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May 30, 2024

Home > Extraterrestrial > Mercury Has Set Seven Solar System Bests, Other Than Being The Closest To The Sun

Mercury Has Set Seven Solar System Bests, Other Than Being The Closest To The Sun

Mercury Has Set Seven Solar System Bests, Other Than Being The Closest To The Sun

There are eight planets in our solar system, of which mercury is the closest to the sun and was noticed by humans as early as 3000 bc. Today, we know more about mercury and have discovered that it has many other special features. All in all, mercury has set seven solar system records, or rather, mercury has set seven solar system records, and here we will see what the others are, apart from being the closest to the sun.

The fastest "Running" Planets

The average rotation speed of the eight planets in the solar system, in order of distance to closeness (relative to the sun), is 5.43, 6.81, 9.64, 13.06, 24.13, 29.78, 35.03 and 47.89 (in kilometres per second), and it can be seen that mercury, the closest planet to the sun, has a much higher rotation speed than the other planets. 87.969 earth days, mercury can make one revolution around the sun.

In fact, this phenomenon is well explained by classical mechanics: The closer the planet is to the sun, the greater the gravitational force from the sun, so the planet's orbital speed must increase accordingly, thus creating a "Centrifugal force" (note: This is a virtual force, but in fact a manifestation of the inertia of the object) sufficient to balance the sun's gravitational force. If the velocity is not sufficient, the planet's orbit will decrease until it falls into the sun.

Planets with the largest orbital eccentricities

Mercury has a perihelion of about 0.3075 astronomical units and an aphelion of about 0.4667 astronomical units, giving it an eccentricity of 0.2056, which makes it the planet with the largest orbital eccentricity in the solar system. Interestingly, because of mercury's large eccentricity and short rotation period, mercury will be closer to earth than venus in many cases.

The smallest planet in terms of volume and mass

With a radius of only 2,440 km, mercury is only slightly larger than the moon. Although mercury has a density of 5.427 g/cm3, much higher than that of mars, it is so small that its mass is only 3.3011 x 10^26 g, which is roughly 5.6% of the earth's mass.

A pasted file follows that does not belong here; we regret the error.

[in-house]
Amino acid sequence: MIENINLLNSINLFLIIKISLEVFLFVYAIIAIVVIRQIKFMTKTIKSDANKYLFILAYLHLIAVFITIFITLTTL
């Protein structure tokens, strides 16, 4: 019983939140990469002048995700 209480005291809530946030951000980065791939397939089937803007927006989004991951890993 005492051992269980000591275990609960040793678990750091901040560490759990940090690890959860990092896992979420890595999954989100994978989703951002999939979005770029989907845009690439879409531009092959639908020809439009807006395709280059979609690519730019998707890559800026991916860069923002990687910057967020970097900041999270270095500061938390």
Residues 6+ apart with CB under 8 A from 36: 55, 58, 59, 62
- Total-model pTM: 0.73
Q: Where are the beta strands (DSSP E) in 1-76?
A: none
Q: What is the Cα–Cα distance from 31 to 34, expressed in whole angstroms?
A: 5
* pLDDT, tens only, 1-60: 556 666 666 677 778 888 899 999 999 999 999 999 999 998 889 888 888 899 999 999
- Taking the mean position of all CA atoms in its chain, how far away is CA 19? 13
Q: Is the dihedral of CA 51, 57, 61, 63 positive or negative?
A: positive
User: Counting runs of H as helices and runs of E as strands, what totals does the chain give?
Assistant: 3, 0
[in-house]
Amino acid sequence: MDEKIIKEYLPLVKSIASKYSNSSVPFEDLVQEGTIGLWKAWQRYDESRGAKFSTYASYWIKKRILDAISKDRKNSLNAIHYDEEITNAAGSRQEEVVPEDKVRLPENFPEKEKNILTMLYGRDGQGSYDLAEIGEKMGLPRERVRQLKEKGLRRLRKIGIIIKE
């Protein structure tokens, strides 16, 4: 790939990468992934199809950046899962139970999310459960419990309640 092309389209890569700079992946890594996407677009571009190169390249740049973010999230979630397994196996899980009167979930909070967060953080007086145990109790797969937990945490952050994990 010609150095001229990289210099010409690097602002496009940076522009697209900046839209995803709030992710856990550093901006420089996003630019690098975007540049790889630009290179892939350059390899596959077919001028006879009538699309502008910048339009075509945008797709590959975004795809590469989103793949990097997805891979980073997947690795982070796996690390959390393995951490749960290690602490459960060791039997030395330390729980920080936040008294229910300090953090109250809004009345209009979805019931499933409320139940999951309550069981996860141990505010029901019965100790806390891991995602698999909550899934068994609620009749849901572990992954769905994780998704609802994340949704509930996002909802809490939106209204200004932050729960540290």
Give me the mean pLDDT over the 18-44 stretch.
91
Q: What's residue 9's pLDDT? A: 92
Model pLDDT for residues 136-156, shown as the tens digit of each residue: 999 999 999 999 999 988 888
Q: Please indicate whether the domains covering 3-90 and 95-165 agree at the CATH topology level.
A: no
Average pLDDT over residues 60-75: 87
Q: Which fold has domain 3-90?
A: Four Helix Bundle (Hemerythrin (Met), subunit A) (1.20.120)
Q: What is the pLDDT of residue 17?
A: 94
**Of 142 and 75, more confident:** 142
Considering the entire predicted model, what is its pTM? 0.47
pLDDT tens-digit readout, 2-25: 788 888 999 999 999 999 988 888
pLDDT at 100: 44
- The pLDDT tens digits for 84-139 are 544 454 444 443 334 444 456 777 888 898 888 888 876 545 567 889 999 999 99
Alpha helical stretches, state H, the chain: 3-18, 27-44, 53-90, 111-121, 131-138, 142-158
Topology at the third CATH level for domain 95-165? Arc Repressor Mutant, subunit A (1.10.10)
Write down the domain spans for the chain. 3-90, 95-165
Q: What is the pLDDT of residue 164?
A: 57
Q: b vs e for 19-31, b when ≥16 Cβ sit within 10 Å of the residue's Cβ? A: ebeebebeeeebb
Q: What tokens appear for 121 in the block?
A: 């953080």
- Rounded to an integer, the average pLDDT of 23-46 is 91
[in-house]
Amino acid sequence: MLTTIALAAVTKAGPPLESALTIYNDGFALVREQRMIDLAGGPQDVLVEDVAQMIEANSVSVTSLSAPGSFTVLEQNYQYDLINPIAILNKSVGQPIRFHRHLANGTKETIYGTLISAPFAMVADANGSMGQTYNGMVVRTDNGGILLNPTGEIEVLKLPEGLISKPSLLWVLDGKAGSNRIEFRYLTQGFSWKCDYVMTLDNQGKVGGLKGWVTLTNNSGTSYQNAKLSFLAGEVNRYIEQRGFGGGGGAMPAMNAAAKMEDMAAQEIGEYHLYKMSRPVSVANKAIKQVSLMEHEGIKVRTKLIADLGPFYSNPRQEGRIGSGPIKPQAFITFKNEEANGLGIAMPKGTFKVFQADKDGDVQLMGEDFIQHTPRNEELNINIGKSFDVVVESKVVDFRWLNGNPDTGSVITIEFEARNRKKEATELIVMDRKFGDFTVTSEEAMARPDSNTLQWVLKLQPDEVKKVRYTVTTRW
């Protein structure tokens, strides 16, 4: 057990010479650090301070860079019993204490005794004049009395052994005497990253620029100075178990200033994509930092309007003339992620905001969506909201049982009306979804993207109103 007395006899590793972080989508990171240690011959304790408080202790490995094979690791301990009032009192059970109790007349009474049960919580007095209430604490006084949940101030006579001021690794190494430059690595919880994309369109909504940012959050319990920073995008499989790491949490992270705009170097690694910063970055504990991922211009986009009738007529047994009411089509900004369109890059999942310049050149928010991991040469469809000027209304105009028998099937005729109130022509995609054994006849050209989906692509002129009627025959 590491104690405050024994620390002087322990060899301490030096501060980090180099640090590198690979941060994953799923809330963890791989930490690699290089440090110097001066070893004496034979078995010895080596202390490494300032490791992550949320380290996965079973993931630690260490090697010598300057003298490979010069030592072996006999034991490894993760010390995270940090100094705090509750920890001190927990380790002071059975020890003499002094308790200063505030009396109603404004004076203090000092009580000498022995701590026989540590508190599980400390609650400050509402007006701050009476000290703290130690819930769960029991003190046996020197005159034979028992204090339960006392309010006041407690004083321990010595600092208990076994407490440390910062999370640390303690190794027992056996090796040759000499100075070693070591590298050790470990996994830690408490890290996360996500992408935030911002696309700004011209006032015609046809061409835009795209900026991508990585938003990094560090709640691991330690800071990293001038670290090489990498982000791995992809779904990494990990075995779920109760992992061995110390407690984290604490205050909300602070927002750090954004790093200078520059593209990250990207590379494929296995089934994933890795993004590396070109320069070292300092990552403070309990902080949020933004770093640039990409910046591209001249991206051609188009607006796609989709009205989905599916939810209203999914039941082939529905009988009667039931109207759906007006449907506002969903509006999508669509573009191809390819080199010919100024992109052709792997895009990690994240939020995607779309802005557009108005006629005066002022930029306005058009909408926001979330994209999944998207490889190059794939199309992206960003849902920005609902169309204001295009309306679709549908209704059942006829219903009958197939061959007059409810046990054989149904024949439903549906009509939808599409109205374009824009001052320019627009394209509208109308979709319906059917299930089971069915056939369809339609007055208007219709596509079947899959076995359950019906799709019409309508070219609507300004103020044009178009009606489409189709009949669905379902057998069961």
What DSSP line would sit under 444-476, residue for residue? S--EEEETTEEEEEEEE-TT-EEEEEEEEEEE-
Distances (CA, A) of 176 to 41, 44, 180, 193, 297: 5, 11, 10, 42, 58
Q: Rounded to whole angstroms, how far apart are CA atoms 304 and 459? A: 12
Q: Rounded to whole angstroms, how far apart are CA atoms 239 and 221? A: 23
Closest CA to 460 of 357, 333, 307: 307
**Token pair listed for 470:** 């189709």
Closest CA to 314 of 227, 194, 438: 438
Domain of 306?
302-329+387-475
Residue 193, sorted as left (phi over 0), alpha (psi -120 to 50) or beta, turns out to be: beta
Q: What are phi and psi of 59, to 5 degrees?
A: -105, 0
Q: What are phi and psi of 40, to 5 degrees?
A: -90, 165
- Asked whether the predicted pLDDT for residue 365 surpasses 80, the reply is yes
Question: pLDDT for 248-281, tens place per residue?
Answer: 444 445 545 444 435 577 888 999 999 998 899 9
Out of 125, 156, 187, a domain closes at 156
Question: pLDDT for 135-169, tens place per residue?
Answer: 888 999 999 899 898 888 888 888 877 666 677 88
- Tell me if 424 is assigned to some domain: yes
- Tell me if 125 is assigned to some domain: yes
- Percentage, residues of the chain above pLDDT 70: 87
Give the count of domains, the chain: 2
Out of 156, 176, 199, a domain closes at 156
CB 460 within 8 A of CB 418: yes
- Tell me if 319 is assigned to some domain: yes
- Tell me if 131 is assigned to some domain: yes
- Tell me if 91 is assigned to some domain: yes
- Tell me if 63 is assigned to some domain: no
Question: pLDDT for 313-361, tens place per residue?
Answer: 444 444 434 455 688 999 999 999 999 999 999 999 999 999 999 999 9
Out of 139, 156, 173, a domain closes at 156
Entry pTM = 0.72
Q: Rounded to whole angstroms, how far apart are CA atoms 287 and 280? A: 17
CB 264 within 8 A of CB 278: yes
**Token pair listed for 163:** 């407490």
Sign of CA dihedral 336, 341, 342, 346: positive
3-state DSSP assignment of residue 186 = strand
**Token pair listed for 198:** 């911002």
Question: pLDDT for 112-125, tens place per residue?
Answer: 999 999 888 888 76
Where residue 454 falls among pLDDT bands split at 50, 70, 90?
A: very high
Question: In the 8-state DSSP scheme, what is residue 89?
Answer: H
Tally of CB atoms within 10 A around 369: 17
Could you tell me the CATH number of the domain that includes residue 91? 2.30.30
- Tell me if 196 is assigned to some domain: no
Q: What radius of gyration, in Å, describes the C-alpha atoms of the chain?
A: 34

The planet with the largest crater in the solar system

About 3.6 billion years ago, an asteroid about 100 km in diameter hit mercury hard and left a huge crater on its surface, which is what we now see as the caloris basin. Observations show that the caloris basin has a diameter of about 1550 km and a total area of up to more than 1.8 million square kilometres, making it the largest in the known solar system.

Planets with the largest temperature difference between day and night

As shown above, mercury is not tidally locked to the sun, but actually rotates itself three times for every two revolutions around the sun (note: This phenomenon is known as 'orbital resonance'), which means that there is day and night on mercury, but the day and night alternation is long, about 58.646 earth days.

It is worth noting that on mercury you will see the sun moving towards sunset after sunrise, then stopping and moving backwards towards sunrise, then stopping and moving towards sunset again, all because of mercury's unique rotation and rotation cycles.

Because mercury has no atmosphere to insulate it, temperatures on its sunny side can be as low as -172 degrees celsius, while its sunny side can soar to 432 degrees celsius due to its proximity to the sun, making mercury a realistic version of the 'world of ice and fire'. The temperature difference between day and night is the highest in the solar system.

The most difficult planet to explore

Mercury is arguably the most difficult planet in the solar system to explore, firstly because of the sun's gravity, which accelerates human-launched probes towards mercury, making it easy to lose control of the probe, and when the probe arrives near mercury, the sun's gravity is too strong for the probe to enter proper orbit around mercury.

Then there is the fact that mercury's gravity is very small, so the probe would have to be very close to mercury to be captured by mercury's gravity, but if it were too close to mercury it could easily go out of control and crash. This is compounded by the fact that mercury is the fastest planet in the solar system, which makes it even more difficult to explore.

So far, only one probe has successfully entered mercury's orbit, messenger, which was launched in 2004 and crashed on mercury's surface in 2015 after completing its mission, while its successor, bepicolombo "Its successor, bepicolombo, is currently on its way to mercury and is expected to reach its destination in 2025.

The map above shows the trajectory of the bepicolombo probe, which gives you an idea of the difficulty of exploring mercury.

A simple count shows that it is the most in seven solar systems. The planet mercury, which looks so unimpressive, has set so many solar system records.

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